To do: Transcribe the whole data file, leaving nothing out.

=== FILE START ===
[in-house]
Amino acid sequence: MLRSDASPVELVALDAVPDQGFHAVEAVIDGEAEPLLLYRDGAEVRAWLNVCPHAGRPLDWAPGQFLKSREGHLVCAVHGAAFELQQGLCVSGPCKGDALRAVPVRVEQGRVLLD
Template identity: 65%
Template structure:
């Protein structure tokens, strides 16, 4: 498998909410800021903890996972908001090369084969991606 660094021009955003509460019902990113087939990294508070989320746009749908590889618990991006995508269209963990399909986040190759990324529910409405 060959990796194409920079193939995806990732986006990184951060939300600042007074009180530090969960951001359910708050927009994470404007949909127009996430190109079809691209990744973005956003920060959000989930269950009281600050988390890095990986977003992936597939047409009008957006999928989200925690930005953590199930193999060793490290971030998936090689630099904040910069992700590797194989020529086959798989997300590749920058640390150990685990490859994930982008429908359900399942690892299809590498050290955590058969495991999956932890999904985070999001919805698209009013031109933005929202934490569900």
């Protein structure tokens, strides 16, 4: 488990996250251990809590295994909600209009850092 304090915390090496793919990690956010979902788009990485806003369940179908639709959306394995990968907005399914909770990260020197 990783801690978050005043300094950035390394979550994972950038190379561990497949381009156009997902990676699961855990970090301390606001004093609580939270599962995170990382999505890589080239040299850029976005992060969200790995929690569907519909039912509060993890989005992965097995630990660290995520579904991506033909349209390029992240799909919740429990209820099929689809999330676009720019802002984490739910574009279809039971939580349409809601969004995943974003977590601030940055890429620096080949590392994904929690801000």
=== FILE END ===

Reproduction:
[in-house]
Amino acid sequence: MLRSDASPVELVALDAVPDQGFHAVEAVIDGEAEPLLLYRDGAEVRAWLNVCPHAGRPLDWAPGQFLKSREGHLVCAVHGAAFELQQGLCVSGPCKGDALRAVPVRVEQGRVLLD
Template identity: 65%
Template structure:
């Protein structure tokens, strides 16, 4: 498998909410800021903890996972908001090369084969991606 660094021009955003509460019902990113087939990294508070989320746009749908590889618990991006995508269209963990399909986040190759990324529910409405 060959990796194409920079193939995806990732986006990184951060939300600042007074009180530090969960951001359910708050927009994470404007949909127009996430190109079809691209990744973005956003920060959000989930269950009281600050988390890095990986977003992936597939047409009008957006999928989200925690930005953590199930193999060793490290971030998936090689630099904040910069992700590797194989020529086959798989997300590749920058640390150990685990490859994930982008429908359900399942690892299809590498050290955590058969495991999956932890999904985070999001919805698209009013031109933005929202934490569900």
């Protein structure tokens, strides 16, 4: 488990996250251990809590295994909600209009850092 304090915390090496793919990690956010979902788009990485806003369940179908639709959306394995990968907005399914909770990260020197 990783801690978050005043300094950035390394979550994972950038190379561990497949381009156009997902990676699961855990970090301390606001004093609580939270599962995170990382999505890589080239040299850029976005992060969200790995929690569907519909039912509060993890989005992965097995630990660290995520579904991506033909349209390029992240799909919740429990209820099929689809999330676009720019802002984490739910574009279809039971939580349409809601969004995943974003977590601030940055890429620096080949590392994904929690801000």